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The Trouble With Kejriwal's Referendum Proposal

13/07/2015 12:20 PM IST | Updated 15/07/2016 8:25 AM IST
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A supporter flashes a victory sign as New Delhi Chief Minister Arvind Kejriwal, center, announces calling off a demonstration against the police in New Delhi, India, Tuesday, Jan. 21, 2014. Kejriwal, who created and leads the Aam Aadmi, or Common Man's Party, had accused the police force of targeting the poor for petty offences and refusing to combat serious crime. (AP Photo/Tsering Topgyal)

India's constitution does not provide for an issue-based referendum. Elections to legislative bodies and a few executive posts are the only form of mass public opinion exercise sanctioned by the Constitution of India. The only time India mulled an extra-constitutional polling exercise was for the rather infamous agreement to a 'plebiscite' in Kashmir by the Nehru administration. Apart from this, the various examples suggested by AAP leaders are ill-informed as the referendums in Sikkim, Goa or even Pondicherry are out of context for the simple reason that these areas were not part of British India or Independent India as on 15th August 1947. Even for the referendum 'Opinion Polls' in Goa and Sikkim, the Parliament of India had to pass a special act to amend the constitution for each one of them independently.

"22% assessed that both parties are busy politicking and fighting each thus wasting people's time."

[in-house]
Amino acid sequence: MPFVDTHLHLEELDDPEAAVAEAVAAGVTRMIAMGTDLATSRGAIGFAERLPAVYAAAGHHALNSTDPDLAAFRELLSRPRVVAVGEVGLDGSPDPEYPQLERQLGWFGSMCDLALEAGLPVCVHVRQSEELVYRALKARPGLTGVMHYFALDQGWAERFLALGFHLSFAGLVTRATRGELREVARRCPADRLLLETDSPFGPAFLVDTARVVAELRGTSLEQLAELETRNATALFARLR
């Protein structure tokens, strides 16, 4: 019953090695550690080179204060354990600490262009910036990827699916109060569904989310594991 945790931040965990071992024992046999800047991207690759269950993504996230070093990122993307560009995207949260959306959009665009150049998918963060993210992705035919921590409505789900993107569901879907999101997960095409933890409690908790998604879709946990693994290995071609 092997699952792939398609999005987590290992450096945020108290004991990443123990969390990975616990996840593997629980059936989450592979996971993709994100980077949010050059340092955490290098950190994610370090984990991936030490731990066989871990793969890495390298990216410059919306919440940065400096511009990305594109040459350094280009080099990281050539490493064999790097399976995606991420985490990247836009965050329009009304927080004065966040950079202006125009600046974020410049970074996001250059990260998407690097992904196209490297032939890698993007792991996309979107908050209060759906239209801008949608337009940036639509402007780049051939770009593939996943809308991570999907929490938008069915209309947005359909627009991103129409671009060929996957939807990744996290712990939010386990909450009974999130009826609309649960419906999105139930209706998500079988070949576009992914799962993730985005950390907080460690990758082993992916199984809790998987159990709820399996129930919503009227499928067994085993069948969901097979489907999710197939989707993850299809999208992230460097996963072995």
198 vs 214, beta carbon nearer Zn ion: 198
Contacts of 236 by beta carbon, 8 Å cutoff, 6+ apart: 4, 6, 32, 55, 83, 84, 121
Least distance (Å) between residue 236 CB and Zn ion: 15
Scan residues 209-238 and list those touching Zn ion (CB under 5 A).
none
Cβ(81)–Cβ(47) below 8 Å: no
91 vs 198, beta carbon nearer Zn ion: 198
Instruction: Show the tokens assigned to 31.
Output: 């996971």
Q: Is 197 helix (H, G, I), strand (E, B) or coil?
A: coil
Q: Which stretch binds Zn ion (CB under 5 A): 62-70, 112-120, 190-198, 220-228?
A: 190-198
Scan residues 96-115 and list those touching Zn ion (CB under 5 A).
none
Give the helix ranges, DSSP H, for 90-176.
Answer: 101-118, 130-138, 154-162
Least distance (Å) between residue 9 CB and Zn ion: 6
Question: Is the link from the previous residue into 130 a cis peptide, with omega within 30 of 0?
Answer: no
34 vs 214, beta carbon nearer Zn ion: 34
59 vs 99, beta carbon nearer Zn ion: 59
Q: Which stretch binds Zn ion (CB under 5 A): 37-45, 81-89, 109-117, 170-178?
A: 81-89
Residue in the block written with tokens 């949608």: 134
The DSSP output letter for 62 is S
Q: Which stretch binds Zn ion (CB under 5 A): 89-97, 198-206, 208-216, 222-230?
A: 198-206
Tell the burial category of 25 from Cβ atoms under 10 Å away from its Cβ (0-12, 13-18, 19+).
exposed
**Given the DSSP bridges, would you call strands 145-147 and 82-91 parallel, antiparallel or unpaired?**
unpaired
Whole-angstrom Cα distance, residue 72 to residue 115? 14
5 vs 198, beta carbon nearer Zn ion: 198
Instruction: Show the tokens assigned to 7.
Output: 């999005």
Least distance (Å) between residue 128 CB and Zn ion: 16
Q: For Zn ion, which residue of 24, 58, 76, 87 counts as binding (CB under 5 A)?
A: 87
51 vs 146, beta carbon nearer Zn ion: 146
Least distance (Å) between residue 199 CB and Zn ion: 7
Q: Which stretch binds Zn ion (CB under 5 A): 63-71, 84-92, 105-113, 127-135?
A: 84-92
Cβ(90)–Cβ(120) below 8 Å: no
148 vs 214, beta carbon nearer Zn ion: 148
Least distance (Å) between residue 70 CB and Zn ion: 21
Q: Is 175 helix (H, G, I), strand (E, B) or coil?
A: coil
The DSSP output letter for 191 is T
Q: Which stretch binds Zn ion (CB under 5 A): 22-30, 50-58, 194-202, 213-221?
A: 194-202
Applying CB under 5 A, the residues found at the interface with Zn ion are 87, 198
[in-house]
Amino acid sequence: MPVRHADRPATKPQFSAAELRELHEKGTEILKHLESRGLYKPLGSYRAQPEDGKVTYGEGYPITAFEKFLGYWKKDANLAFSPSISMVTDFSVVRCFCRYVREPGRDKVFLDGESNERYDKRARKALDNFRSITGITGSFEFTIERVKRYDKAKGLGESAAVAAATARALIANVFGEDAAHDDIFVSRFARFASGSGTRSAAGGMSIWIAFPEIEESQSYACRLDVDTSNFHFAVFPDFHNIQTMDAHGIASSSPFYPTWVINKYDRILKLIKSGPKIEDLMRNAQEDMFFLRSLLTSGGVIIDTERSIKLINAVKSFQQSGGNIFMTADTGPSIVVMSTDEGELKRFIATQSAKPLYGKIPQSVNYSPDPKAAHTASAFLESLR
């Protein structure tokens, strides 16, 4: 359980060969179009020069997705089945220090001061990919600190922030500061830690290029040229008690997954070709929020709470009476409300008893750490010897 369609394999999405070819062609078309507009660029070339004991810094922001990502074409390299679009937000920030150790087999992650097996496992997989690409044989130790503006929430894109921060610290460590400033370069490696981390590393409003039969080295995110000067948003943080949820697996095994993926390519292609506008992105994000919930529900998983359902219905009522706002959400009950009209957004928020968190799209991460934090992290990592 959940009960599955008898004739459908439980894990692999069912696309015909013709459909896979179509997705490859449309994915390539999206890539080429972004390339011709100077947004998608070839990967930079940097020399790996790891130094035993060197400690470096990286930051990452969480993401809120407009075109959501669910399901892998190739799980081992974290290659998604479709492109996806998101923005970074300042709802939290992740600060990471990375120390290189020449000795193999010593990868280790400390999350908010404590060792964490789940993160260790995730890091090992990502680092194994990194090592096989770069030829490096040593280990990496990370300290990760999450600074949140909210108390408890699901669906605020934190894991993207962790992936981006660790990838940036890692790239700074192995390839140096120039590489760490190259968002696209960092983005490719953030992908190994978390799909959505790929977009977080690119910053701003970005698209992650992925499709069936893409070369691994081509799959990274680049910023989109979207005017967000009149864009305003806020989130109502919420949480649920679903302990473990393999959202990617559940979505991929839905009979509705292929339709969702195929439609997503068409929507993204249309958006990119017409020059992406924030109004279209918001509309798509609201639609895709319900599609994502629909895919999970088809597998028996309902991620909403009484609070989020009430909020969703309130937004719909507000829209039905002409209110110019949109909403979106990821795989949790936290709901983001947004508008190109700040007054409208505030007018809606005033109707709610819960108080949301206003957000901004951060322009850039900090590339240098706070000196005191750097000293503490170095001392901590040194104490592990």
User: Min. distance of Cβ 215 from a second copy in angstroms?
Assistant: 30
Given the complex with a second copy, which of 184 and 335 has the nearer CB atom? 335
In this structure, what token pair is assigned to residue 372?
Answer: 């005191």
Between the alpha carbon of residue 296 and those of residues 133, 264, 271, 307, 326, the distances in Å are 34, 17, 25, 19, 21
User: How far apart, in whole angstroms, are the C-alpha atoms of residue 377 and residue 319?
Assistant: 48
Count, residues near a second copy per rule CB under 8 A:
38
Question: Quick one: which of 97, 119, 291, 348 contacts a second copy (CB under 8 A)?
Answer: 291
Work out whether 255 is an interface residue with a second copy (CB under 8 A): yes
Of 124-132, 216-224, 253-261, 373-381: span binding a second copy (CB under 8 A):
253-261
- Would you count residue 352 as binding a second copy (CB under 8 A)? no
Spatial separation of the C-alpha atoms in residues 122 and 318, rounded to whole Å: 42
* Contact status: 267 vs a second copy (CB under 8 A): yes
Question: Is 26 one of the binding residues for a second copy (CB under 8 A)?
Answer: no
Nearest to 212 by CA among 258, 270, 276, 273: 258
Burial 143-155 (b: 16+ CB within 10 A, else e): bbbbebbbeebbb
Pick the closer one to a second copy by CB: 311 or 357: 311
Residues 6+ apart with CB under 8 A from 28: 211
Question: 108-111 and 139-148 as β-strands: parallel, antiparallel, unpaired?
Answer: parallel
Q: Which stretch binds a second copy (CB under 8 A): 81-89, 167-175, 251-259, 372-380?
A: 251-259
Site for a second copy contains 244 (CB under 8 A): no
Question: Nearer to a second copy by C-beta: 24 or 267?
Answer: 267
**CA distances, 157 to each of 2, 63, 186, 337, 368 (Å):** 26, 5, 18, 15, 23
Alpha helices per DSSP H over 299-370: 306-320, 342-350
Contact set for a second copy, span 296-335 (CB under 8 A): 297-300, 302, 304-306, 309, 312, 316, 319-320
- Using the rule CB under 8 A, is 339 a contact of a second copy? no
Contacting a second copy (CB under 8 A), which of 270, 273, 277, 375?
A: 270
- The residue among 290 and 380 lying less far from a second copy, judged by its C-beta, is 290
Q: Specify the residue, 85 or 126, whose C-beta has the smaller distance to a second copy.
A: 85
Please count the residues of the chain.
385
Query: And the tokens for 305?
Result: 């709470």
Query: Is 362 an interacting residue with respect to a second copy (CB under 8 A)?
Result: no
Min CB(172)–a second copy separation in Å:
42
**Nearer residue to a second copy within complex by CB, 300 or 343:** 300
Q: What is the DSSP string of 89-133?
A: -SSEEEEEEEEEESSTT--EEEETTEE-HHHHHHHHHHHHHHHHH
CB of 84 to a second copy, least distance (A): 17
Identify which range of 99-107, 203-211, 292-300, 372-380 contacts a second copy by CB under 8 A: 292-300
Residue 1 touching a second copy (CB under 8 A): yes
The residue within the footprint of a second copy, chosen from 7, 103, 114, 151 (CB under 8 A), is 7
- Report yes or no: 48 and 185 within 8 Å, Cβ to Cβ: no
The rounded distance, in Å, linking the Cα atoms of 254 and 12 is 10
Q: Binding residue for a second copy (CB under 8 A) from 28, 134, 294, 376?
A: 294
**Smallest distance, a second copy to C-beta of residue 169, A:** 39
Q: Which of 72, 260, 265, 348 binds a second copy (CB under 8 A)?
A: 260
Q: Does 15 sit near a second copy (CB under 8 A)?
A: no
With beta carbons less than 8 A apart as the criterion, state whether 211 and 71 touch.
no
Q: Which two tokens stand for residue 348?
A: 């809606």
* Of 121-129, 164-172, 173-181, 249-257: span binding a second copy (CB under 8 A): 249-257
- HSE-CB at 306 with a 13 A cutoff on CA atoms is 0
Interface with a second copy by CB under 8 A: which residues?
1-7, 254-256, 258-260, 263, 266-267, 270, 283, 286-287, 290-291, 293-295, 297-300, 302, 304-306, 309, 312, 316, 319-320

The AAP leaders forgot to mention the famous referendums of Junagarh which Indian leaders happily accepted as ground for integration with India after Partition; or the referendum in Nagaland which they refused to accept as the 'official' version as the results went against the Indian integration. But, as a matter of fact, even these were out of the constitutional gambit as they happened before India adopted its formal constitution. The much quoted 'proposal' to amend the constitution in 1978 as proposed by Janata Party Law Minister, Shanti Bhushan (father of ex-AAP leader Prashant Bhushan and one of the founders of AAP) was also in context of fundamental rights under the Emergency imposed by Indira Gandhi. To put the record straight; even that 'proposal' was shot down in Rajya Sabha, which was still under Congress control in 1978. So, we are back to square one. The fact remains that there is no constitutional provision for referendums in India at the moment. And if at all Arvind Kejriwal tries to conduct a referendum, it would be against the constitution and will result in Constitutional breakdown. At best, the AAP government can go for an all inclusive 'Opinion Poll' that too at the expense of Public Exchequer just to score a political point. This is why CVoter India undertook this Referendum Opinion Poll; which is very much pointing the Public sentiment for complete statehood to Delhi.